Friday, July 4, 2014

Steak! Steak! We Love Steak!


Craving a steak?

Bill and I love steak! However, we have been satisfying our need for red meat with hand-formed (by me), 80/20 ground chuck patties. But finally, the urge for juicy, hot, rare to medium rare steak overcame my resolve to stretch our food bucks.

This is how it happened: 
  1. I was pushing the shopping cart through the beef section of the local market.
  2.  Almost simultaneously, a packaged pair of beautiful, rib eye steaks caught my attention; AND I saw a SALE sign fastened to the shelf edge under the packaged steak pairs. 
  3. My self-talk went like this,"$13.36 for two 16 oz. rib eyes is cheap. That is less than a steak dinner at  C's Steakhouse. Why, that is only about $6.50 each for supper. What a bargain!" 
  4. The red, marbled perfection of each steak smashed the weakened wall of my budgeting resolve into splinters. Swiftly, I grabbed and put a packaged pair of glorious, rib eye steaks into the shopping cart.
  5. My traitorous brain was chanting, "Steak for dinner! Rib eye steak for dinner!"  I could hardly wait to get home and start preparing those gorgeous rib eyes.
I know you have done this too, so don't try to act innocent. All of us talk ourselves into buying things because the sign says,"SALE."

Grilling and broiling are popular ways to cook steak, but I pan fry my steaks. Okay, get the look of horror off of your face! 

Steaks taste marvelous when you prep them correctly and pan fry them in butter. 

The advantages of pan frying steaks in butter are:
  • No grill of any kind is needed.
  • No messy charcoal. 
  • No charcoal lighter is required
  • No flames burning your steak.
  • No hot oven. 
  • No unwieldy broiler pan. 
  • AND a rare to medium rare steak is done in three to four minutes . Steak is the perfect fast food. 
Have I convinced you to try pan frying your steaks in butter?

Good. Now, it is time to cook a pair of juicy, tender steaks to rare or medium rare perfection.


Equipment
  • a meat mallet
  • a large nonstick skillet
Ingredients
  • 2  cold rib eye, porterhouse, or New York strip steaks; sliced 1/2 inch to 3/4 inch thick
  • meat tenderizer
  • garlic powder (optional)
  • chili powder (optional)
  • rainbow peppercorn blend in a pepper mill
  • fine sea salt
  • 2-3 Tbsp. salted butter
Directions

Have your side dishes prepared. Your cold steaks will only need to cook for three to four minutes each.
First, set the cold steaks on top of a piece of wax paper, or aluminum foil.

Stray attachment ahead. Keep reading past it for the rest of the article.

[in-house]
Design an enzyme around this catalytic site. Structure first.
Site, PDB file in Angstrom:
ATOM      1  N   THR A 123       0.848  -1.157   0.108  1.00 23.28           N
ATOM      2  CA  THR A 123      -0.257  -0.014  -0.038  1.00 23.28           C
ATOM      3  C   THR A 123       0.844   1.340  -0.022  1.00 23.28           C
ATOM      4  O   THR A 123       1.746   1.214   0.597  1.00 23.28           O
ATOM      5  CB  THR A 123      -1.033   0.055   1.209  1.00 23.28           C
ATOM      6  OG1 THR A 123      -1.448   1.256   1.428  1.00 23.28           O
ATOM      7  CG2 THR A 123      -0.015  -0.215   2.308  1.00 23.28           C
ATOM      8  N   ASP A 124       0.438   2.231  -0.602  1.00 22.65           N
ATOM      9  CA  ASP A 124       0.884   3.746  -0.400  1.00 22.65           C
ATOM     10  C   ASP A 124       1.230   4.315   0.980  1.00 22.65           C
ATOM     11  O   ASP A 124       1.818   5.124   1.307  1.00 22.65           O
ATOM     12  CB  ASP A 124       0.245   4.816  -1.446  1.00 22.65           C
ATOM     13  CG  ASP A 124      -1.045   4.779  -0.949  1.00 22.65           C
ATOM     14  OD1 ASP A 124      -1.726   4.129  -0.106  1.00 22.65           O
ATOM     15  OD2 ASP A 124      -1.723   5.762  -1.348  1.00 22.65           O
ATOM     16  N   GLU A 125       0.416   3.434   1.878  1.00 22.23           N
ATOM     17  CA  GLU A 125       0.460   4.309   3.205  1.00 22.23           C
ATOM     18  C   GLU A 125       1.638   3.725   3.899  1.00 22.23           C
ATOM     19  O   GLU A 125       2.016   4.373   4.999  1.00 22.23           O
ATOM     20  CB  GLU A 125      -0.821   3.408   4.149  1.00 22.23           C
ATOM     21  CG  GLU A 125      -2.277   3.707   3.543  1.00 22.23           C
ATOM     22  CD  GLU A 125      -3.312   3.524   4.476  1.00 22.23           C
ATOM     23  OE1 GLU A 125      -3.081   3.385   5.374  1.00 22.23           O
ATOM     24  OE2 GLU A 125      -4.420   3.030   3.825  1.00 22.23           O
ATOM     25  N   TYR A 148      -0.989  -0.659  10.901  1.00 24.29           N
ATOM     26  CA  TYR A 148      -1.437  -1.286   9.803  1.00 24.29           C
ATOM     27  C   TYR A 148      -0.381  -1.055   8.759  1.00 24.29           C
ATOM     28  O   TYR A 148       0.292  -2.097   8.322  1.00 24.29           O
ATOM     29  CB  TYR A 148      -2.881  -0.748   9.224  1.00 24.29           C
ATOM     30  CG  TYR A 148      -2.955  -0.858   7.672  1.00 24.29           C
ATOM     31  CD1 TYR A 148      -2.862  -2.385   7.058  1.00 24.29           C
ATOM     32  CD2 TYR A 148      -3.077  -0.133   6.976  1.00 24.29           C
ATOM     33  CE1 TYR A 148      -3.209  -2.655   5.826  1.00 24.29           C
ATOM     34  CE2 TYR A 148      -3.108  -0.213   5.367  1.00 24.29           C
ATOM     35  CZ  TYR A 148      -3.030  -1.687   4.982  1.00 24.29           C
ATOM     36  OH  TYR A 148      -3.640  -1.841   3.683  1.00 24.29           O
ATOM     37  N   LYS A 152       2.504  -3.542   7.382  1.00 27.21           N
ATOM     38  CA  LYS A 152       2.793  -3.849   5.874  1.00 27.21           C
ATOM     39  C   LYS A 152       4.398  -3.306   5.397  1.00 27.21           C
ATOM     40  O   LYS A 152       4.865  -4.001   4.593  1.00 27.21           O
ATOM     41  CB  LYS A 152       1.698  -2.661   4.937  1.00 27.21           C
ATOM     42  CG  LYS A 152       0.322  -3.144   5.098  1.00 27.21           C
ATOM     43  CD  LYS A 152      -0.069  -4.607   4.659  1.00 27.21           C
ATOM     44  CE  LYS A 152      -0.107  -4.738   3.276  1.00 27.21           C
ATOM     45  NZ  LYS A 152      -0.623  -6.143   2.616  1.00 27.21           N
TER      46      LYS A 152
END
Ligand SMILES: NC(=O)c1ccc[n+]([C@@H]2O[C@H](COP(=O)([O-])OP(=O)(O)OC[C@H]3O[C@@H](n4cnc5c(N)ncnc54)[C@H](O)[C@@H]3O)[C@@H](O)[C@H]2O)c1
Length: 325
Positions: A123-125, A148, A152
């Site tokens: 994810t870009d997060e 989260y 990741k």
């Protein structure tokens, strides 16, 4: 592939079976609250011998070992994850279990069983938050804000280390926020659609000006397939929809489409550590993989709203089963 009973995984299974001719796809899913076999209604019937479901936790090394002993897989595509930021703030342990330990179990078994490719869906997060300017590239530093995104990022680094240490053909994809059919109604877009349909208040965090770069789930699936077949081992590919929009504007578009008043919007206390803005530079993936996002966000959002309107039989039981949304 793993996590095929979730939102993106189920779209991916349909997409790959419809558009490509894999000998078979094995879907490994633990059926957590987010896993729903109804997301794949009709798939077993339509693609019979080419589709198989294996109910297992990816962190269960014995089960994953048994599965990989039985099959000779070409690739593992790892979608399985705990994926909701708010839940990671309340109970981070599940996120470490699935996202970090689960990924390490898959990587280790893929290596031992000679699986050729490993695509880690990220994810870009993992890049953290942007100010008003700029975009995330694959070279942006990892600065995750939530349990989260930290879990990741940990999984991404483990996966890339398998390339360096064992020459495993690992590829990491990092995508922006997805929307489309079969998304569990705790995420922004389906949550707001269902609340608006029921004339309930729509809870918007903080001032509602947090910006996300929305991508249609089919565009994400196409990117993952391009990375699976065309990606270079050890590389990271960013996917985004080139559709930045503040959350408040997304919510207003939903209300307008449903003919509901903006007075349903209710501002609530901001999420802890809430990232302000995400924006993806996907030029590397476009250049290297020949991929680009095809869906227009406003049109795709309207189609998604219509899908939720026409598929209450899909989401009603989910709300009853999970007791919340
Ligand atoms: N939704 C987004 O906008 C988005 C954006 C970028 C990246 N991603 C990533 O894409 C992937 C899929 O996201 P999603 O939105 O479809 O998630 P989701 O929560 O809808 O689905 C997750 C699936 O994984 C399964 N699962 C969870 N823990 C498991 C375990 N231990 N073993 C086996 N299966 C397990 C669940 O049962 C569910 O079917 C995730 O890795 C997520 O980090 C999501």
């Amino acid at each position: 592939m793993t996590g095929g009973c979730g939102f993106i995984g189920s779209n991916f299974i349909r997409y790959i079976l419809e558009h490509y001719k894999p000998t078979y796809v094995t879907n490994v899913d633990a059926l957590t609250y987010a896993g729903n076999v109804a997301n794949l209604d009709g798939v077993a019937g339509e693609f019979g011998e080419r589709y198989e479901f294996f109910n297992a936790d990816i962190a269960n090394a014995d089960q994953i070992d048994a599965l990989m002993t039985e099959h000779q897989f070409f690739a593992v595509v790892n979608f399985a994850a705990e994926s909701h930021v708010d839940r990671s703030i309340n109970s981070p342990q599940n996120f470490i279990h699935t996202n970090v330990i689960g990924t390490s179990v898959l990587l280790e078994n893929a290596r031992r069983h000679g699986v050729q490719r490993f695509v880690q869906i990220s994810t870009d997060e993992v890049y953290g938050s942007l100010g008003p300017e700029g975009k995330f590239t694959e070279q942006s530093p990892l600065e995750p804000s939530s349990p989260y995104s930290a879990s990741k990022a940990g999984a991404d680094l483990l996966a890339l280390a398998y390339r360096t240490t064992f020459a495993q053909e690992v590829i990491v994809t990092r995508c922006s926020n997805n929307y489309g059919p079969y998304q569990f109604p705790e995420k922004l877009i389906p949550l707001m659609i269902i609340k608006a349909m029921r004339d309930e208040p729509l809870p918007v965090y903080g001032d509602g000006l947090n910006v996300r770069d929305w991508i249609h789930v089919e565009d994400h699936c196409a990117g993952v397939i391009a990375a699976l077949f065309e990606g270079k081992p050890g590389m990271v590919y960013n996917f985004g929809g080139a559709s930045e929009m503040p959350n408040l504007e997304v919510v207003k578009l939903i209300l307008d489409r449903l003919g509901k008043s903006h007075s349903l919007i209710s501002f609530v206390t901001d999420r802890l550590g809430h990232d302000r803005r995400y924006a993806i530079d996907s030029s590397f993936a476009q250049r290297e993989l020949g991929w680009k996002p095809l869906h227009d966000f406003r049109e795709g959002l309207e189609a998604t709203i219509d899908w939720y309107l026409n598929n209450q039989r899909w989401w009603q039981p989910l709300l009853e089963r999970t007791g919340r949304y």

Then, apply meat tenderizer following the directions on the container.
Next, apply desired amount of seasoning to top side of the steaks.

Using the course side of a meat mallet, the side shown in picture,
gently beat the seasoning into the steak, or steaks.
Repeat seasoning on the other side of the steak. Gently beat the
seasoning into the steak.
I try not to thin the steaks more than 1/3 - 1/2 of the original thickness

A perfectly seasoned and tenderized rib eye ready to go
into a hot, nonstick skillet.


Place 2 Tbsp. of butter into a large, nonstick skillet that is
over medium high heat. On my gas range, I use the
high output burner and set the flame on 7. When the butter is melted
and browning put a steak in the pan.

Bill likes rare steak, so I always cook his first. Immediately after
placing the steak into the hot skillet, set a timer for two minutes.
Check at one minute and if the steak is nicely browned like the one below
turn to the other side. If the skillet is getting too hot, turn the
heat to 6, but no lower or your steak will not cook correctly.

When the 2 minute timer goes off, reset timer for 1 more minute.
Check bottom of steak and if it looks like the picture above,
turn it over and continue cooking.
Immediately remove steak to a plate when the 1 minute timer goes off.
  

  • Let the rare steak rest for 5-10 minutes before serving. 
  • If you are cooking a second steak, add 1 Tbsp. butter to the skillet and allow it to melt and begin browning. Then add your second steak.
  • For a medium rare steak, cook for 4 minutes. 2 minutes per side. Allow the steak to rest for 5-10 minutes before serving.





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